According to Will Brinson of CBS Sports, Finley suffered his injury when Cincinnati Bengals safety George Iloka delivered a blow to the side of Finley's head. The official Packers Twitter account had the news shortly thereafter, but not before those watching witnessed this terrifying scene, courtesy of @gifdsports.
While the sight of Finley stumbling about is disturbing—and enough to draw up considerable concern for the tight end's well being—loss of balance is just another symptom in the post-concussive spectrum.
Let's take a closer look.
As with all concussions, Finley's troubles began immediately following the moment he impacted Iloka.
While Finley's skull immediately stopped, his brain continued moving within it due to the principle of inertia.
Whether or not Finley's brain contacted the inside of the skull is not entirely relevant. Modern medicine and research debunked the idea that concussions are solely "brain bruises" some time ago, and instead, it's likely the brain's relative motion that counts.
When the brain moves sharply within the skull, neurons—brain cells—begin to change on the cellular level.
First, they fire uncontrollably. They also begin to use glucose—or blood sugar, the brain's fuel source—less efficiently. Blood flow to the brain decreases as well.
While the precise mechanism of a concussion remains relatively obscure to the medical community even to this day, modern theory holds that changes in the brain's angular and rotational momentum are most culpable.
That's exactly what happened to Finley.
A freeze frame of the hit makes it clear that Iloka applied a large amount of rotational stress to the upper-right portion of Finley's head, sending it spinning down and to the left.
As a result, Finley's brain rotated to the right along the axis running through his nose and to the back of his head.
In other words, in addition to other directions not mentioned here, Finley's brain experienced a large amount of angular momentum shift.
All concussions produce one or more of a constellation of symptoms including, but nowhere near limited to:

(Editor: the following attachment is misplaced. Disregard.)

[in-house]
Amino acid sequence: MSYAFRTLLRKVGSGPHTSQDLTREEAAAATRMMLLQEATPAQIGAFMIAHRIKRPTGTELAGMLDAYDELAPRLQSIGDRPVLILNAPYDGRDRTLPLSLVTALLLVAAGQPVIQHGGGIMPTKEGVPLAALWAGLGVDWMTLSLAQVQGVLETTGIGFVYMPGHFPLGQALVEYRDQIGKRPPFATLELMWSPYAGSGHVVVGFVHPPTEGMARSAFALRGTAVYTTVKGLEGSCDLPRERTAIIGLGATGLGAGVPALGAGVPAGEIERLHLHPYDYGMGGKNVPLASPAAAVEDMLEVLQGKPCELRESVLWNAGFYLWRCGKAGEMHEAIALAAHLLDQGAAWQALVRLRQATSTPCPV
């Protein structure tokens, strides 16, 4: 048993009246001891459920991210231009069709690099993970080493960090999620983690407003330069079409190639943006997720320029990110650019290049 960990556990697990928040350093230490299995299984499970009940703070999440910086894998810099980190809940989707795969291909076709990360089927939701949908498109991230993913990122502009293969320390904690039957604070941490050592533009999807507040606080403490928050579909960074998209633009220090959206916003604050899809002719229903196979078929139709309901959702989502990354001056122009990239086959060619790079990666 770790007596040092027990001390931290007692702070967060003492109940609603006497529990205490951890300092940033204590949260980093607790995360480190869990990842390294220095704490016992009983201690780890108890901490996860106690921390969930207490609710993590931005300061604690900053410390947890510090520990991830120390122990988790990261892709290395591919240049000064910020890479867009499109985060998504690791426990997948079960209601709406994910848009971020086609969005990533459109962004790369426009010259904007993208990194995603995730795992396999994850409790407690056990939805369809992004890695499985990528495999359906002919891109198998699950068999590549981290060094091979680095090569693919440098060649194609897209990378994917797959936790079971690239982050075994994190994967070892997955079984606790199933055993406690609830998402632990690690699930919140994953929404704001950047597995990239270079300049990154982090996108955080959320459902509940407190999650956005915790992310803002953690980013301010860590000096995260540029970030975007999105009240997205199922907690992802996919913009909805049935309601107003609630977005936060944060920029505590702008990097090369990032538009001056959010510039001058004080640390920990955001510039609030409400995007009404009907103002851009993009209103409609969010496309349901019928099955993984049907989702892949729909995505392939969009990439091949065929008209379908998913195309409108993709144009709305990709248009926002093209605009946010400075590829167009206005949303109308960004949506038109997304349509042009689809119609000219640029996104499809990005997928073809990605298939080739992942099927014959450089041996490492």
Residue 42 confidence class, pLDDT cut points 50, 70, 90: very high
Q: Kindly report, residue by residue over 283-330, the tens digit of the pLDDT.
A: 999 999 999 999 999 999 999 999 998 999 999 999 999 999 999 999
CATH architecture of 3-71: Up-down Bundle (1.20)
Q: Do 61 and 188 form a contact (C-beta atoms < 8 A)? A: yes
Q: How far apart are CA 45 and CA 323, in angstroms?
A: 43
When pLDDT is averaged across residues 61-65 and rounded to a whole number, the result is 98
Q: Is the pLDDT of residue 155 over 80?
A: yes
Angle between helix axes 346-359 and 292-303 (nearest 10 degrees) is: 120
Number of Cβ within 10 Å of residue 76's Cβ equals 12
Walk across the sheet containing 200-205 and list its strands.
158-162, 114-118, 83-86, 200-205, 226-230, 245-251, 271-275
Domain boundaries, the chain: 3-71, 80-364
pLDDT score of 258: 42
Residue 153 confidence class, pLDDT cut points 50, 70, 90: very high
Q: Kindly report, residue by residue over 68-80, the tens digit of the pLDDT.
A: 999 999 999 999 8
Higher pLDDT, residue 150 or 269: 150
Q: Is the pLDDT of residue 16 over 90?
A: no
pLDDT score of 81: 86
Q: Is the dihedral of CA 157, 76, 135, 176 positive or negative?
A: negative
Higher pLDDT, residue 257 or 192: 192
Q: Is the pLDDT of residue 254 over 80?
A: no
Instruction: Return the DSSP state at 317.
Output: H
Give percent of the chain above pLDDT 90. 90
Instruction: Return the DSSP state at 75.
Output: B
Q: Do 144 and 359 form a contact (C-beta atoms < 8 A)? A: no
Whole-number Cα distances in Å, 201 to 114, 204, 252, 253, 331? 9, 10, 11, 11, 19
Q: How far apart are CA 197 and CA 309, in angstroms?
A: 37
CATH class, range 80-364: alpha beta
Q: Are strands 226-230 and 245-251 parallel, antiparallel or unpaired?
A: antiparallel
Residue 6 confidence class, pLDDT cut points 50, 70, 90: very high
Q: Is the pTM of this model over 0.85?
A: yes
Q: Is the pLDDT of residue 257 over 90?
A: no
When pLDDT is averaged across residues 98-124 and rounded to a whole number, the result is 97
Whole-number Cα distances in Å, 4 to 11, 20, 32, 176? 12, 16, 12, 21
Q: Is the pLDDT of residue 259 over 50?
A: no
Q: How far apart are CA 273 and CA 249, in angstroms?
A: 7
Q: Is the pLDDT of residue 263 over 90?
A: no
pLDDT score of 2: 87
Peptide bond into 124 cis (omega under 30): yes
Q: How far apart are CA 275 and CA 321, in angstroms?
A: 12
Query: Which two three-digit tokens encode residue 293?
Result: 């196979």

- Loss of balance
The last two especially pertain to Finley.
In the broadest sense, after a concussion, the brain as a whole slows down.
The injury can also affect all areas of the brain.
For instance, slowed cognitive centers lead to confusion or impaired thinking.
On the other hand, malfunctioning motor centers yield poor balance—easily visible in Finley's case.
How often do you feel like you can diagnose a concussion from the sofa?
Yet why doesn't this show up more often?
Actually, it probably does. It's just usually not as obvious.
For example, much of the time, athletic trainers help an obviously concussed player onto his feet.
Additionally, in Finley's case, rather than lying on the ground after his injury, he attempted to jog off the field.
However, rather than allow for a quicker return to the sideline, Finley's jogging made obvious the unsteadiness and dizziness he was experiencing.
Fortunately, despite the scary visual, the Packers tight end should recover from his concussion just as countless other athletes have in the past.
The exact recovery timetable remains up in the air—as it does with any concussion—but his loss of balance is a mere byproduct of the injury rather than a harbinger of something more serious yet to come.
Dr. Dave Siebert is a resident physician at the University of Washington. Information discussed above is based on his own knowledge and experience evaluating dozens of concussions in the clinic, training room and emergency room settings.